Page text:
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Dear Care and Feeding,
I’m dealing with a serious case of grandparent competitiveness that started even before my first child was born and has only gotten worse. When I told my parents I was pregnant, my dad’s first reaction was literally, “If I am not the favorite grandfather, then I would rather not be a grandfather at all.” My parents, especially my father, aggressively keep score on how often we see my husband’s parents compared to him, which holidays we spend where, and which presents my kids play with most. Everything is a competition to him, and to make it worse, he is losing.
My in-laws are very kind, caring, generous people who travel quite frequently to see us. My parents, on the other hand, do not travel to see us very frequently. Part of it is not their fault; they are both still working while my in-laws are retired. Additionally, my parents do not have extra income and my in-laws are fairly wealthy, so they can afford to invite us with them on trips, pay for our flights to see them, etc. We also live closer to my in-laws, so it is just logistically easier to see them.
My parents think that we have been “bought” by the in-laws, which of course is not true in the slightest. However, my in-laws are not blameless. They pretty openly gloat that they are the preferred grandparents (which is kind of true, but no need to brag about it), and they seem to expect that we will spend all of our holidays and vacation time with them, and will pout when we see my family instead or insist we see them right before or after.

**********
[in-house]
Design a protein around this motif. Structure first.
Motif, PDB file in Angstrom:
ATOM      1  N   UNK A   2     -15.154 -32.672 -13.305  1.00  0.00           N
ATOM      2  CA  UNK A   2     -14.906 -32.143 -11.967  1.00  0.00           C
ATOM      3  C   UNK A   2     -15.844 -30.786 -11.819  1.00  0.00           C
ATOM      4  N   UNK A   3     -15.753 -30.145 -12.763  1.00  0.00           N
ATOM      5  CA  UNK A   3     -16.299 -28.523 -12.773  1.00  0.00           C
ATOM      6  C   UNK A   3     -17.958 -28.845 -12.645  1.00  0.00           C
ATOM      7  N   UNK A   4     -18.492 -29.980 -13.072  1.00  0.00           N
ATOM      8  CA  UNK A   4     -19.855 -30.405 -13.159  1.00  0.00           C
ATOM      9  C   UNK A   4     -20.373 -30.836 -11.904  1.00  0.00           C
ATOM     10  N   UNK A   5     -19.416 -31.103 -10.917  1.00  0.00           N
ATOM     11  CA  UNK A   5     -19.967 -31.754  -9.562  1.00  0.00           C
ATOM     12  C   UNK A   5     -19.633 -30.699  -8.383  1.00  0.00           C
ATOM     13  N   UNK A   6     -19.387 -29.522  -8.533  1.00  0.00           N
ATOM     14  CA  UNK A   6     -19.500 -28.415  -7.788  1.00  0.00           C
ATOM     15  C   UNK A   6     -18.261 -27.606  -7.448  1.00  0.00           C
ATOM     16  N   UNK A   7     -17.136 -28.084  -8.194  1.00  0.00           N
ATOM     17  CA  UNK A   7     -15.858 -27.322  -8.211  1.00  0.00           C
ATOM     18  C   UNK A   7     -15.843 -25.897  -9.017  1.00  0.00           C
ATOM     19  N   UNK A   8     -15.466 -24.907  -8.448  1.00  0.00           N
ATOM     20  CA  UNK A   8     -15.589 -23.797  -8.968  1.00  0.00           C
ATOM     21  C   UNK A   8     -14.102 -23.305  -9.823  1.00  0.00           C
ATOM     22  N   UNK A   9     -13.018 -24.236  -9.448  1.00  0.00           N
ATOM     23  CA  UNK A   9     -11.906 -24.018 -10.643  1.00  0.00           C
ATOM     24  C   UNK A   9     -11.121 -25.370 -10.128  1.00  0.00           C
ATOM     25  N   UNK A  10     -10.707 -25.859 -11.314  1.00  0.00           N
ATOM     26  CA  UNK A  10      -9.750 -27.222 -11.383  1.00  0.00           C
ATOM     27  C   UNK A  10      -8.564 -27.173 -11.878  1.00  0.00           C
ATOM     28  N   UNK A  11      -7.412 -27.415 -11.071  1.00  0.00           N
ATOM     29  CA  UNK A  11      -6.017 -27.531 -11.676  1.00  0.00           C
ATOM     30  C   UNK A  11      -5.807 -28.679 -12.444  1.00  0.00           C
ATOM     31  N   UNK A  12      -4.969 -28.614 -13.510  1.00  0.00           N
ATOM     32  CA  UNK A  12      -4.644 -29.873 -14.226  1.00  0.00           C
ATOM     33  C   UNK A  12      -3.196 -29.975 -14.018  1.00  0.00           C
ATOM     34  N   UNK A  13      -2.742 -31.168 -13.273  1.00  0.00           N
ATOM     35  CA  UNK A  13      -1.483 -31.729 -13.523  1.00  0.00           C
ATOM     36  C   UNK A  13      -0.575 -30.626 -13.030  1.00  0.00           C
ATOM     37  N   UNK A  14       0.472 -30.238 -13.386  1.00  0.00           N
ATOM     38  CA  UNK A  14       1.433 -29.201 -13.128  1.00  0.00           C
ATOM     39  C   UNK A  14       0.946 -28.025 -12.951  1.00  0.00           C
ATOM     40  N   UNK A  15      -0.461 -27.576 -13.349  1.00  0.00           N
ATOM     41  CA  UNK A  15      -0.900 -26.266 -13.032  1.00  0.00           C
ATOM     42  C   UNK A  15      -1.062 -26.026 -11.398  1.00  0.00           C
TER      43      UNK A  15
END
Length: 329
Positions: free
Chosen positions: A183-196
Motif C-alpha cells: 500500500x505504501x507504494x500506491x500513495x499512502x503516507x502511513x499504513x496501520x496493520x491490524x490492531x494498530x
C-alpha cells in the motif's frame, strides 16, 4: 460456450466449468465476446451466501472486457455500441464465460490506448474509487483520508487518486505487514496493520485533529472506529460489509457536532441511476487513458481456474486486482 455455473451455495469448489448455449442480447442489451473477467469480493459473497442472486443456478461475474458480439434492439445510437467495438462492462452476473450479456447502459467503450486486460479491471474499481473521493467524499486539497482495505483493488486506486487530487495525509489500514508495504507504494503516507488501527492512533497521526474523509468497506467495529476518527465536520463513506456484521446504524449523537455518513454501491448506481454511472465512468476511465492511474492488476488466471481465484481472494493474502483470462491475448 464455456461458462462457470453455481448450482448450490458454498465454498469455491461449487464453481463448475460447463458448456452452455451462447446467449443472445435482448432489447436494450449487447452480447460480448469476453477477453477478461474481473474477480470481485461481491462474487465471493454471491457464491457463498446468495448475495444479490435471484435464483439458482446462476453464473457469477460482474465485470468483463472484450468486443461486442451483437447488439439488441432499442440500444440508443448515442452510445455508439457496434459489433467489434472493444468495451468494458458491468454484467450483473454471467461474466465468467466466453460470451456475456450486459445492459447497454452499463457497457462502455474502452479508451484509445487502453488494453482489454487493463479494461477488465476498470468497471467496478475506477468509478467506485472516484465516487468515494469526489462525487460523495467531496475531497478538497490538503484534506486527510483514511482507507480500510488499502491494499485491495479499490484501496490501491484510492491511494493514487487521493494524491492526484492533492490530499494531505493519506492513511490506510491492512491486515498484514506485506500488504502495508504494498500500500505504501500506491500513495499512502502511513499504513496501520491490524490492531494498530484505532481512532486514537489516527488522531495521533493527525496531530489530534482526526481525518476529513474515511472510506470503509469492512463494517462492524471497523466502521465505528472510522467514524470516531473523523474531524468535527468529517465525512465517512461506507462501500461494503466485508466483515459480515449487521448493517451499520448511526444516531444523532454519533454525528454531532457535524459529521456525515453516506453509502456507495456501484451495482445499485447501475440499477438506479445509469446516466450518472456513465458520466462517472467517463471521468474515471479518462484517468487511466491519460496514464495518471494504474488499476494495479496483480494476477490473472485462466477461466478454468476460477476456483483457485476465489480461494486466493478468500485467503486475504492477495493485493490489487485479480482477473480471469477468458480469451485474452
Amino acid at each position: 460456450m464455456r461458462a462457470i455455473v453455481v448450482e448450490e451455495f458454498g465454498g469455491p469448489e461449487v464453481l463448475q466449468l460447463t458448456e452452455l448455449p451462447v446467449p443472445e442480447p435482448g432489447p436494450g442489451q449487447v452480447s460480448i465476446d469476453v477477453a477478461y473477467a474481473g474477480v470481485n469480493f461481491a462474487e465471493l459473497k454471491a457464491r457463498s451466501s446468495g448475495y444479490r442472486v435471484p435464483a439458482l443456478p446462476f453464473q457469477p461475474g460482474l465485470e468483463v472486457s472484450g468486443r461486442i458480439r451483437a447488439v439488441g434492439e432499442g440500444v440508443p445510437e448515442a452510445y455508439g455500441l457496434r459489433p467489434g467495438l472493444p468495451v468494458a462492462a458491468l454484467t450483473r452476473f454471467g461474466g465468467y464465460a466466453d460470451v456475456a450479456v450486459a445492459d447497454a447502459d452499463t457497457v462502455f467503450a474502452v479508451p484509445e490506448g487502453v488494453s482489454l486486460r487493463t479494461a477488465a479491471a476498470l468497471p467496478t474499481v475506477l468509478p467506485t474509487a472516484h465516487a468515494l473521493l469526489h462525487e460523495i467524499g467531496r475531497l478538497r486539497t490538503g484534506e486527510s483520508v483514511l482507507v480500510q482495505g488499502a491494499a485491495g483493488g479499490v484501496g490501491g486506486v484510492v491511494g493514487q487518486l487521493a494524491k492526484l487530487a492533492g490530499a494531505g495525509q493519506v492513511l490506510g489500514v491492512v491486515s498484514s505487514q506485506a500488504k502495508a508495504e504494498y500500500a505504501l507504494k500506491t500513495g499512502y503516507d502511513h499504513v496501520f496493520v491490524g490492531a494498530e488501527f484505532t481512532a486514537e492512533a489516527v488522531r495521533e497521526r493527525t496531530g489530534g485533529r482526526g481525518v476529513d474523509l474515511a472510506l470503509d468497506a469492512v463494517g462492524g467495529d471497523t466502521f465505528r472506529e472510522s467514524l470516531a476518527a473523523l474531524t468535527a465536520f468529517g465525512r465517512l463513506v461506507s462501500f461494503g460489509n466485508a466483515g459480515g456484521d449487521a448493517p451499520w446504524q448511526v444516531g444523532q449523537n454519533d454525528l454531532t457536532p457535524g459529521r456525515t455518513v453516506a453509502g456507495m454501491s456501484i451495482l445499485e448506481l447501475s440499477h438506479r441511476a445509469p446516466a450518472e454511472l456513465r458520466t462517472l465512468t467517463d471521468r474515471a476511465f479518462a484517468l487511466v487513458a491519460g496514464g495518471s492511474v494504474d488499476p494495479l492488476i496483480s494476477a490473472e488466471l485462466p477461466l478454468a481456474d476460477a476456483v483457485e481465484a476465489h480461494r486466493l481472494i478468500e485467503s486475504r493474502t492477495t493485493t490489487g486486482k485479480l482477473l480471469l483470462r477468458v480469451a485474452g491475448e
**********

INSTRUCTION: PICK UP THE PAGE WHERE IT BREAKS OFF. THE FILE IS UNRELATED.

It’s gotten to the point where I don’t want to agree to visit anyone or have them visit us because I am afraid of the other side’s reaction. I don’t know what I can do to make my parents and in-laws behave better and stop keeping score. I don’t want to stop seeing and talking to them, but I can’t handle the jealousy anymore! I want to take a stand and spend Thanksgiving and Christmas alone this year, but my husband is not on board with that.
—A Grandparent Headache
Considering how likely it seems that we may all find ourselves in a shelter-in-place situation for much longer than people may wish to believe, your holiday situation may be less stressful than you’re anticipating, though that doesn’t solve the bigger problem.
Have a conversation with each set of grandparents individually and let them know that you are tired of how they’ve been behaving. Explain that it is obvious that they—whichever couple you are speaking to at the moment—are the “favorites,” but that this isn’t a contest and they really ought to let go of the competition considering that, again, it’s painfully obvious that the children are closer to them.
That’s right: Let them both think they’ve won the contest that isn’t a contest at all and that they need to drop the whole thing out of consideration for the lesser grandparents who are doing the best they can.
Your parents may be a little surprised by this information. Ask that they please keep it to themselves, of course, but that presents simply cannot compete with all the things that make them the coolest grandparents around. As for your in-laws, who are bold enough to state that they are the faves, explain that while your children are closer to them, it hurts your parents to hear that and ask that they please keep the gloating to themselves. Do your best to balance time out between the two families and if you can, contribute toward helping your parents visit more frequently than they have.